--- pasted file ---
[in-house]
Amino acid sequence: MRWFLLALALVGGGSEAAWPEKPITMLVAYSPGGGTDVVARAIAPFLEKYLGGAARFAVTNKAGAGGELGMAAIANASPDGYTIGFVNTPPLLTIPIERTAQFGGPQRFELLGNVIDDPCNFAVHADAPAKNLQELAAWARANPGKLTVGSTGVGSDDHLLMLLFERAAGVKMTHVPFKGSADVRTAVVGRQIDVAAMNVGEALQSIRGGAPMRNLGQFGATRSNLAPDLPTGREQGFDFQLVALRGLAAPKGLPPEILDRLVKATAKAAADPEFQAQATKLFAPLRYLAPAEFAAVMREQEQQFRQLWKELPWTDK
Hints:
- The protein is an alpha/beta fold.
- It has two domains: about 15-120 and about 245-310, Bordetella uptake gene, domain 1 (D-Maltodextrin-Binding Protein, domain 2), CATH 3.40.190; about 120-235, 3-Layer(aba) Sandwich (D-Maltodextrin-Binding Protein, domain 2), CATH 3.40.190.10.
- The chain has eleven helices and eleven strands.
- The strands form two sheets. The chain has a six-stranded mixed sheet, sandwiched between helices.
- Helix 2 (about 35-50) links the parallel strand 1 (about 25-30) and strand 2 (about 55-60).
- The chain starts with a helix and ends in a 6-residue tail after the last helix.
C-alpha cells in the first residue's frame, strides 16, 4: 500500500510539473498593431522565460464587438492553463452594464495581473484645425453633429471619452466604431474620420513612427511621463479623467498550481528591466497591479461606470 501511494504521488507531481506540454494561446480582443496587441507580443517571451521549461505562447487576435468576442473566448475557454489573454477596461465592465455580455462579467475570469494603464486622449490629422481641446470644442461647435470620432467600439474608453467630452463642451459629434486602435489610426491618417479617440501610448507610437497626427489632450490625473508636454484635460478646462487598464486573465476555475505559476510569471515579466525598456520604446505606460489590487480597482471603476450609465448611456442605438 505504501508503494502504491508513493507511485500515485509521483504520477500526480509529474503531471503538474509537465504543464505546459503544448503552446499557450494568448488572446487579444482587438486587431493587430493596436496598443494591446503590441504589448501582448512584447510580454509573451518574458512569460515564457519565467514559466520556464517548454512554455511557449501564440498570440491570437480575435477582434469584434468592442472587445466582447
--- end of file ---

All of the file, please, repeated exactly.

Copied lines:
[in-house]
Amino acid sequence: MRWFLLALALVGGGSEAAWPEKPITMLVAYSPGGGTDVVARAIAPFLEKYLGGAARFAVTNKAGAGGELGMAAIANASPDGYTIGFVNTPPLLTIPIERTAQFGGPQRFELLGNVIDDPCNFAVHADAPAKNLQELAAWARANPGKLTVGSTGVGSDDHLLMLLFERAAGVKMTHVPFKGSADVRTAVVGRQIDVAAMNVGEALQSIRGGAPMRNLGQFGATRSNLAPDLPTGREQGFDFQLVALRGLAAPKGLPPEILDRLVKATAKAAADPEFQAQATKLFAPLRYLAPAEFAAVMREQEQQFRQLWKELPWTDK
Hints:
- The protein is an alpha/beta fold.
- It has two domains: about 15-120 and about 245-310, Bordetella uptake gene, domain 1 (D-Maltodextrin-Binding Protein, domain 2), CATH 3.40.190; about 120-235, 3-Layer(aba) Sandwich (D-Maltodextrin-Binding Protein, domain 2), CATH 3.40.190.10.
- The chain has eleven helices and eleven strands.
- The strands form two sheets. The chain has a six-stranded mixed sheet, sandwiched between helices.
- Helix 2 (about 35-50) links the parallel strand 1 (about 25-30) and strand 2 (about 55-60).
- The chain starts with a helix and ends in a 6-residue tail after the last helix.
C-alpha cells in the first residue's frame, strides 16, 4: 500500500510539473498593431522565460464587438492553463452594464495581473484645425453633429471619452466604431474620420513612427511621463479623467498550481528591466497591479461606470 501511494504521488507531481506540454494561446480582443496587441507580443517571451521549461505562447487576435468576442473566448475557454489573454477596461465592465455580455462579467475570469494603464486622449490629422481641446470644442461647435470620432467600439474608453467630452463642451459629434486602435489610426491618417479617440501610448507610437497626427489632450490625473508636454484635460478646462487598464486573465476555475505559476510569471515579466525598456520604446505606460489590487480597482471603476450609465448611456442605438 505504501508503494502504491508513493507511485500515485509521483504520477500526480509529474503531471503538474509537465504543464505546459503544448503552446499557450494568448488572446487579444482587438486587431493587430493596436496598443494591446503590441504589448501582448512584447510580454509573451518574458512569460515564457519565467514559466520556464517548454512554455511557449501564440498570440491570437480575435477582434469584434468592442472587445466582447